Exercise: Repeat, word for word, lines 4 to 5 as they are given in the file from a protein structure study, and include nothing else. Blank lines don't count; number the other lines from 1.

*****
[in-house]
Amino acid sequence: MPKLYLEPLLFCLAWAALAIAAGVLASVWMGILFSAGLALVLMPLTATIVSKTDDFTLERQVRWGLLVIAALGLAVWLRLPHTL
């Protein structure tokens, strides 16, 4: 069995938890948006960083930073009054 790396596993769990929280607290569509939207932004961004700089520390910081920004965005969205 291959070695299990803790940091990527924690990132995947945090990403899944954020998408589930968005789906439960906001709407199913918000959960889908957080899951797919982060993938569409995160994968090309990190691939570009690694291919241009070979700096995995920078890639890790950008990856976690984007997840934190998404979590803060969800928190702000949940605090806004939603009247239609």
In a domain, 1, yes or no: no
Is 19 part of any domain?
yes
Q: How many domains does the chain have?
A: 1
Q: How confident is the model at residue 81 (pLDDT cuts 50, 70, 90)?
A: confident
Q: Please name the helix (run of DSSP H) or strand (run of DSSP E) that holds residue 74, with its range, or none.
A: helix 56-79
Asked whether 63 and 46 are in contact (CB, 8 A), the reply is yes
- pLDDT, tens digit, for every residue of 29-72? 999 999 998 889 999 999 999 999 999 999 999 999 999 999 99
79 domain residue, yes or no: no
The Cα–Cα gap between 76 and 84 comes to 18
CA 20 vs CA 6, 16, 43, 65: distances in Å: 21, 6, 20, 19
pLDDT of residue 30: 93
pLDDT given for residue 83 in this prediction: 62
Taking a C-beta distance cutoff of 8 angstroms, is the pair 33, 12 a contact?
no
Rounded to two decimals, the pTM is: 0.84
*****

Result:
In a domain, 1, yes or no: no
Is 19 part of any domain?